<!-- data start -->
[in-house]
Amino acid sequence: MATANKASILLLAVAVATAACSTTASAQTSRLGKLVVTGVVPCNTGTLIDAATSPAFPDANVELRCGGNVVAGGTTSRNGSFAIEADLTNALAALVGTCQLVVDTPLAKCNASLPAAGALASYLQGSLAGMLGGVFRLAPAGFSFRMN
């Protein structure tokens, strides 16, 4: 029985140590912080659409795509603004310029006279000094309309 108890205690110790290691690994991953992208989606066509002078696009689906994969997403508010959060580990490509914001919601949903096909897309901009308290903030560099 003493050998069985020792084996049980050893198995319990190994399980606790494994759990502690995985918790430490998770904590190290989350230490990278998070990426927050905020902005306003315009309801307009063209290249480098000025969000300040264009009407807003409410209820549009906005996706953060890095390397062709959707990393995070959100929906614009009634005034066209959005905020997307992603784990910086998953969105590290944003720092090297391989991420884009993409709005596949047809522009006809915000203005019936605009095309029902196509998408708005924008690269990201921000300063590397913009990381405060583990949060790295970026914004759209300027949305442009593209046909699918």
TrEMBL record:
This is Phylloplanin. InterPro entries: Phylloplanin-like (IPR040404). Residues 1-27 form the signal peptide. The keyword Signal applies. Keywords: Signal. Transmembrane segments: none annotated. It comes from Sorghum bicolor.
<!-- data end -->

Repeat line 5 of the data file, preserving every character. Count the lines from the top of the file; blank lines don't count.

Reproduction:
This is Phylloplanin. InterPro entries: Phylloplanin-like (IPR040404). Residues 1-27 form the signal peptide. The keyword Signal applies. Keywords: Signal. Transmembrane segments: none annotated. It comes from Sorghum bicolor.